All over the world, progressive people have been paying tribute to Denis Goldberg, who sadly died last month. He was a great fighter to end apartheid and for a better future for all of humankind.
In South Africa itself, the president announced that national flag was to fly at half-mast at every station in the country from May 1 to May 4 as a mark of respect and in observance of days of national mourning. I joined international voices in sending my condolences to his family, to the African National Congress (ANC), and to all the people of South Africa.
Denis was a good friend, and I had known him since he arrived in Britain in 1985. He made a great impression on me, just as he did on so many others throughout his life. He arrived in exile after spending twenty-two years in prison in South Africa, having been tried alongside Nelson Mandela, Govan Mbeki, Walter Sisulu, and others in the Rivonia Trial.
In the trial, which became known as “the trial that changed South Africa,” Denis was put up on charges of “campaigning to overthrow the government by violent revolution and for assisting an armed invasion of the country by foreign troops.” Being only thirty-one years old, he was the youngest defendant. When he and his comrades avoided the death penalty but received life imprisonment, his elderly mother did not hear the judge and asked him what he received. He shouted back: “Life — and life is wonderful!”
Denis was born in Cape Town in 1933 to Jewish parents who had relocated from Britain. He would later explain that he became aware politically as a child, saying that “I understood that what was happening in South Africa with its racism was like the racism in Nazi Germany in Europe that we were supposed to be fighting against.”
At the age of sixteen, he went to study engineering at the University of Cape Town. He became an active member of the Congress of Democrats, an organization that had links to the ANC and the South African Communist Party.
Having spent twenty-two years in prison, in which time he was only permitted to see his wife twice, he came to his new life in London after campaigning from his family led to the British government pursuing his release with the South African authorities. Once he arrived here, Denis became a spokesperson for the ANC and represented it at the Anti-Apartheid Committee of the United Nations.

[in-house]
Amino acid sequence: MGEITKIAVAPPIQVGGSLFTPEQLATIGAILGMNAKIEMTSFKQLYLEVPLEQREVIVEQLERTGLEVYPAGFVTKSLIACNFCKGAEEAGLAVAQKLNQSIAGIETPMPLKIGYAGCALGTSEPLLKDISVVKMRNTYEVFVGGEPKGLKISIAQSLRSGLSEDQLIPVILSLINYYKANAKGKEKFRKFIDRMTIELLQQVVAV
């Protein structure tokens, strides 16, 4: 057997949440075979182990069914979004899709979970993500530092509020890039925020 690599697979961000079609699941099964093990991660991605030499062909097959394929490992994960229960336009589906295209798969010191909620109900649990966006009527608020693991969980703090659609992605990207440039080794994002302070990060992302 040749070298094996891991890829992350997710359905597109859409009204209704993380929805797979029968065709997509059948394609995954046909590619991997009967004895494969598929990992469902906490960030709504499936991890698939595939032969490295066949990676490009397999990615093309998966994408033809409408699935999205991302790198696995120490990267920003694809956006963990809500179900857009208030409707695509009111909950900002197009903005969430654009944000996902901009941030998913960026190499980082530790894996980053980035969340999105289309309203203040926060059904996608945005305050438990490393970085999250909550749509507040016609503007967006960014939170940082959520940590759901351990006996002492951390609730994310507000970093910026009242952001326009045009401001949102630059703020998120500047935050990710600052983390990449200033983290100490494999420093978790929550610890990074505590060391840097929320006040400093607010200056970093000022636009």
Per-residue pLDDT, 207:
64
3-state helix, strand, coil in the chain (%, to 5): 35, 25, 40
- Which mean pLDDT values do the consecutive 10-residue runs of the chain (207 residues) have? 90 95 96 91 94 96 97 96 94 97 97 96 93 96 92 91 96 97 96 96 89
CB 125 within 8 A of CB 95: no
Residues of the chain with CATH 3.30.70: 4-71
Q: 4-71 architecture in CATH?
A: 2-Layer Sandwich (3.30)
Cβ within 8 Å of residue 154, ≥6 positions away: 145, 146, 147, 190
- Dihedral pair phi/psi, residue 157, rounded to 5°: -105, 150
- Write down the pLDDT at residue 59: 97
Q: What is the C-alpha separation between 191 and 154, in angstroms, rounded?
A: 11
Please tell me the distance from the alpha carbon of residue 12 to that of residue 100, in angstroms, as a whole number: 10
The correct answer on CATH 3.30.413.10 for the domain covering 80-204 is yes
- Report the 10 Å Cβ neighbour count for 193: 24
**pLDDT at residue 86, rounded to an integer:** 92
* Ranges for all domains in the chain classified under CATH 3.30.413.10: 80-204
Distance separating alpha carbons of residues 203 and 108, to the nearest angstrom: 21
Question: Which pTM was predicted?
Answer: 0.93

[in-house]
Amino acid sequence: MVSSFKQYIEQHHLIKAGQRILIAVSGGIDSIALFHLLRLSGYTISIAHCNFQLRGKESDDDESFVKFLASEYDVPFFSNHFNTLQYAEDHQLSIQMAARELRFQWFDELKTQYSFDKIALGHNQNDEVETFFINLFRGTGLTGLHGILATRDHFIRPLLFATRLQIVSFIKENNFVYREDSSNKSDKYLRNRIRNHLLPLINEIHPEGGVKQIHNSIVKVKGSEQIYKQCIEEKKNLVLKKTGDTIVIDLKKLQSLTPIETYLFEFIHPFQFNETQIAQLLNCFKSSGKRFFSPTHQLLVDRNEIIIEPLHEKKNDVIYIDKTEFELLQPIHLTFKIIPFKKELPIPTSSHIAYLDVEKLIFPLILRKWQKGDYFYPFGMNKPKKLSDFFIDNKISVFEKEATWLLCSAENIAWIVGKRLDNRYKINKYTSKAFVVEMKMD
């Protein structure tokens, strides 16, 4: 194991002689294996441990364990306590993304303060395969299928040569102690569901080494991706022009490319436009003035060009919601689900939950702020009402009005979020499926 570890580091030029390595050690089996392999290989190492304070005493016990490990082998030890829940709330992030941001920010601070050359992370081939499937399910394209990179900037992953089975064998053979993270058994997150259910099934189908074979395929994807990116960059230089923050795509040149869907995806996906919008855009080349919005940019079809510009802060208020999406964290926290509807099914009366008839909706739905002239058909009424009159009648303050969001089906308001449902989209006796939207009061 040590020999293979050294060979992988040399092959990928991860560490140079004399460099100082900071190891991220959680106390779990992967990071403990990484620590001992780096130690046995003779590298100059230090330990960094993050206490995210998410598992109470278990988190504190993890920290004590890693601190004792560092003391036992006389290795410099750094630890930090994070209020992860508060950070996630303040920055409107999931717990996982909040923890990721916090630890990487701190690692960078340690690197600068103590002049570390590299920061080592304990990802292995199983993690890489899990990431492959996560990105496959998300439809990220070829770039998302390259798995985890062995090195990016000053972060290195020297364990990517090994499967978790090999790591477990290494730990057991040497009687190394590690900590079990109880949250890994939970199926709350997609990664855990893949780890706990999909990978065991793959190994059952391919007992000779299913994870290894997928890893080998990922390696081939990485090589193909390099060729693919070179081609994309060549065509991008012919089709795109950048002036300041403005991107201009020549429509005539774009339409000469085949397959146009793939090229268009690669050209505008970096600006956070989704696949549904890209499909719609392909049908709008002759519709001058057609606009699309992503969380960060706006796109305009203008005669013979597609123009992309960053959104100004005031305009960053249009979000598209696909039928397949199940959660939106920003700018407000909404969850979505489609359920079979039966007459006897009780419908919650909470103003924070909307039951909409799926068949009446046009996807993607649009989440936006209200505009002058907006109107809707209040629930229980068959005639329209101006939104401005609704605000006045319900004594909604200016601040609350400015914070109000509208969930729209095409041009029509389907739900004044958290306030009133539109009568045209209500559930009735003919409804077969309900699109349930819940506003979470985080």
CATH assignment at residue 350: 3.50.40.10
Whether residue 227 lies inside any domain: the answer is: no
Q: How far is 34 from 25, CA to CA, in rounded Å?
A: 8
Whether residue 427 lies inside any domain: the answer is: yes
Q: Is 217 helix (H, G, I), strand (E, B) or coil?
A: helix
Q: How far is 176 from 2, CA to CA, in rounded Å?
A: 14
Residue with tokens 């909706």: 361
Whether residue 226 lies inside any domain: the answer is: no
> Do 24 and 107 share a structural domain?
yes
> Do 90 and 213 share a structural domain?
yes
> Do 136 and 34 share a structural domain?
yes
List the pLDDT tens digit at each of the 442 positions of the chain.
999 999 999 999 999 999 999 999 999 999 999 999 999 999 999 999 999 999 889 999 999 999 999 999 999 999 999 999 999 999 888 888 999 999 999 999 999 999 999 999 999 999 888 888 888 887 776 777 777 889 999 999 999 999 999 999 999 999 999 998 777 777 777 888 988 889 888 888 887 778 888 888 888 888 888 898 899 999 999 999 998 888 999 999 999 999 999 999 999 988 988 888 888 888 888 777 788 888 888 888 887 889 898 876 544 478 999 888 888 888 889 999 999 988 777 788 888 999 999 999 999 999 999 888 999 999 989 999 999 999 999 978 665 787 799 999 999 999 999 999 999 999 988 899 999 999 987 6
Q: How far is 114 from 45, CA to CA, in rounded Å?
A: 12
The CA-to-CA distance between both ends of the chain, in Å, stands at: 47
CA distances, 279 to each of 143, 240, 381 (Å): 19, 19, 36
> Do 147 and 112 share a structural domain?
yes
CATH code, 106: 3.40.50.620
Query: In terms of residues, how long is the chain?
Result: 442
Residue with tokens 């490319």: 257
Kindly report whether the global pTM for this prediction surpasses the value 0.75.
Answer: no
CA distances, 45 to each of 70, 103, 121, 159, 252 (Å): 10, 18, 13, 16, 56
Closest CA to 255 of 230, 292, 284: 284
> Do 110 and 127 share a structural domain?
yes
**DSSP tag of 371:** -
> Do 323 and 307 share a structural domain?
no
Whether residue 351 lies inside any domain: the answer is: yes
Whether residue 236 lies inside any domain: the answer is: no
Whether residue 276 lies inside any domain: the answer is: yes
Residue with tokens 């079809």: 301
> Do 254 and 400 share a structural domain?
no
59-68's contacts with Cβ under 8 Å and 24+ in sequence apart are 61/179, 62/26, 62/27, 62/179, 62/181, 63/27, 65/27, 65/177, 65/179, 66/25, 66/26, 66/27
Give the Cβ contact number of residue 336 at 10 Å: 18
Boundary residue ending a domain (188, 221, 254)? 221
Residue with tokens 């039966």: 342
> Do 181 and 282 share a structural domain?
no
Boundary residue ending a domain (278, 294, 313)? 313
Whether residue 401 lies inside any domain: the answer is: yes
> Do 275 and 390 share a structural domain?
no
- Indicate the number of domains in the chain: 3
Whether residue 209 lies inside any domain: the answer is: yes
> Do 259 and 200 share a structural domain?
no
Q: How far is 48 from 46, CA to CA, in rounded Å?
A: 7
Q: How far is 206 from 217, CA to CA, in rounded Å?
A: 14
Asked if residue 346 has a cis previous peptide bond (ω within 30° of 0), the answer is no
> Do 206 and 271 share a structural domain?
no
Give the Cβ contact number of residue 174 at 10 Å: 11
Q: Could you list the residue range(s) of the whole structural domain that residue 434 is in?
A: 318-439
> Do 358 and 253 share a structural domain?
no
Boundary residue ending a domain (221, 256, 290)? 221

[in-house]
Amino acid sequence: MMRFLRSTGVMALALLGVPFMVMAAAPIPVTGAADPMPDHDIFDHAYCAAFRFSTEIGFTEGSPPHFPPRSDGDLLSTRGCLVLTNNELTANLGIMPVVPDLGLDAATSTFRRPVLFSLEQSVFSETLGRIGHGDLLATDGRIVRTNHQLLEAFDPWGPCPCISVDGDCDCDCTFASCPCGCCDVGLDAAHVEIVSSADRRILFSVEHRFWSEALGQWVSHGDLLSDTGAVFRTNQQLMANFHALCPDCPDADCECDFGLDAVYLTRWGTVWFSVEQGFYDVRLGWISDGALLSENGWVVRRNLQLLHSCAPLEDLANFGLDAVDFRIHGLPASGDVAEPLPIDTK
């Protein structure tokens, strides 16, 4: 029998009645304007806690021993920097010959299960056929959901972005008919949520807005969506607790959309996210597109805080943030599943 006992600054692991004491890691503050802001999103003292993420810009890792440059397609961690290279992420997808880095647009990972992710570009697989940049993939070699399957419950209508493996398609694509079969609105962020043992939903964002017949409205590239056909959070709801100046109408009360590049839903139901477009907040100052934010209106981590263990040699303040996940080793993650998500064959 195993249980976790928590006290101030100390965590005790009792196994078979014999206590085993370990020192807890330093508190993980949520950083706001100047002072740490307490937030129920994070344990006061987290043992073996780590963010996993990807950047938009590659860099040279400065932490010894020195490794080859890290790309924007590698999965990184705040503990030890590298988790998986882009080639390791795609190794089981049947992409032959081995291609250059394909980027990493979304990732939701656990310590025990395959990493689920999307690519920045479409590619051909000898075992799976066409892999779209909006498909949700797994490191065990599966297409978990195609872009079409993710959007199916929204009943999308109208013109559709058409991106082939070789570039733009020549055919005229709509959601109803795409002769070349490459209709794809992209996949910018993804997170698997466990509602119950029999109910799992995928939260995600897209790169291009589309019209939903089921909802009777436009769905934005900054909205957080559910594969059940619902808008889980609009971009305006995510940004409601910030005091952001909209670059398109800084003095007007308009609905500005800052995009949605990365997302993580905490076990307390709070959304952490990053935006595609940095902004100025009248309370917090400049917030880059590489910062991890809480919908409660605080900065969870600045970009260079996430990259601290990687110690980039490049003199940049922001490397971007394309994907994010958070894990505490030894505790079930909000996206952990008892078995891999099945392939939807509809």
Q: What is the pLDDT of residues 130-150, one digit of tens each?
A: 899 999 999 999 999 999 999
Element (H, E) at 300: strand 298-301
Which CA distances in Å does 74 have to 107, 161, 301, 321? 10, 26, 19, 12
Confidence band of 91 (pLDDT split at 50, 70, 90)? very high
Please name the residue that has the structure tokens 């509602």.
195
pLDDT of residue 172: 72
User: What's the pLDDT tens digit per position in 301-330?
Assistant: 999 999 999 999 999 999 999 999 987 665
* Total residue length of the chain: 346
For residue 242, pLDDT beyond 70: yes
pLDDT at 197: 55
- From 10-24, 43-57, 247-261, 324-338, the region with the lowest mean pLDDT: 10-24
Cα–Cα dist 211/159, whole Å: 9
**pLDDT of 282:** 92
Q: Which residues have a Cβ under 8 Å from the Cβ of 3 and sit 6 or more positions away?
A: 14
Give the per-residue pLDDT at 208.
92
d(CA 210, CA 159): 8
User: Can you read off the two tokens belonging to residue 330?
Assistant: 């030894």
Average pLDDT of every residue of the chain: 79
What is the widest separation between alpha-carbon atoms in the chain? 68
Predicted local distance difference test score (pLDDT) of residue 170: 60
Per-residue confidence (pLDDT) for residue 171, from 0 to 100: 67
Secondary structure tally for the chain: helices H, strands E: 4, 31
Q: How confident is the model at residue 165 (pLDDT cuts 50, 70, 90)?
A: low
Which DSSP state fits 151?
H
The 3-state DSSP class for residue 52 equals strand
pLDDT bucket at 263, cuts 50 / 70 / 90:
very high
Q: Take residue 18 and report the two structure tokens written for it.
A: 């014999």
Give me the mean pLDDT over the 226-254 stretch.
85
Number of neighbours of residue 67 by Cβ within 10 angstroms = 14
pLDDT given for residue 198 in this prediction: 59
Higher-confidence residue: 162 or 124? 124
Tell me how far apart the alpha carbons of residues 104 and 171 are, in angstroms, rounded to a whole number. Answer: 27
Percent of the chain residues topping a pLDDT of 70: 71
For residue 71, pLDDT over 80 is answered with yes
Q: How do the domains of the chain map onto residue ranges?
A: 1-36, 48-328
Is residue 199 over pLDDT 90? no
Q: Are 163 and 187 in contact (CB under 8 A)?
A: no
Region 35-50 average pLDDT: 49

When Nelson Mandela was released on February 11, 1990, Denis sat in the ITV television studio in London to comment on the live video feed that was broadcast to hundreds of TV stations around the world. I vividly remember being spellbound watching the footage of Nelson Mandela finally walking free. I thought of all those who died in the massacres at Sharpeville and Soweto, as well as all South Africans who gave their lives throughout the decades for the cause of freedom.
In London and across the entire globe, people celebrated this victory for humanity. It is a moment of history that will stay with millions forever. Denis would soon visit Nelson Mandela in South Africa, speaking for the first time since they had been sentenced. He later commented that “after the initial excitement I felt a new sense of completeness. Now all the comrades I had been sentenced with were out of prison and I had met them all.”
Like many others, I regularly visited Community H.E.A.R.T, a bookshop Denis founded on the Harvest Estate in Islington which raised funds to help improve the living standards of black South Africans. With the support of German friends, he also established Community H.E.A.R.T. e.V. in Germany in 1996.
He continued to work throughout his retirement and was honored last year with the Isitwalandwe Award — the ANC’s highest honor — for his contribution to the liberation struggle.
As one recent tribute noted, Denis had three wishes before his death: that he would die at home, that he would die in his lover’s arms, and that he would see the construction on his House of Hope begun. He died with those wishes granted (money for his final wish has been raised by the Denis Goldberg Foundation).
From a personal and political perspective, I also fondly remember a birthday talk Denis gave at South Africa House on the importance of building a South Africa for everyone, and a long conversation we had last year on the need for building a culture of international solidarity.
On both occasions, myself and others learned a lot from Denis. So too did a whole new generation of activists, who grew up since the end of apartheid; he taught them both about the horrors of apartheid and the heroic struggles of those who defeated it.
There is a beautiful synergy in that only 200 meters from where the Community H.E.A.R.T bookshop stood, we now have Steve Biko Road — a street named to permanently honor the great revolutionary. We must continue to educate new generations and carry on the struggle for global justice in honor of those who have contributed so much.
For all his years in apartheid prison, for all his sacrifices, Denis Goldberg was a man of deep humanity and generosity. It was an honor and privilege to know, and learn, from him. I am proud of our friendship and all that he taught so many of us.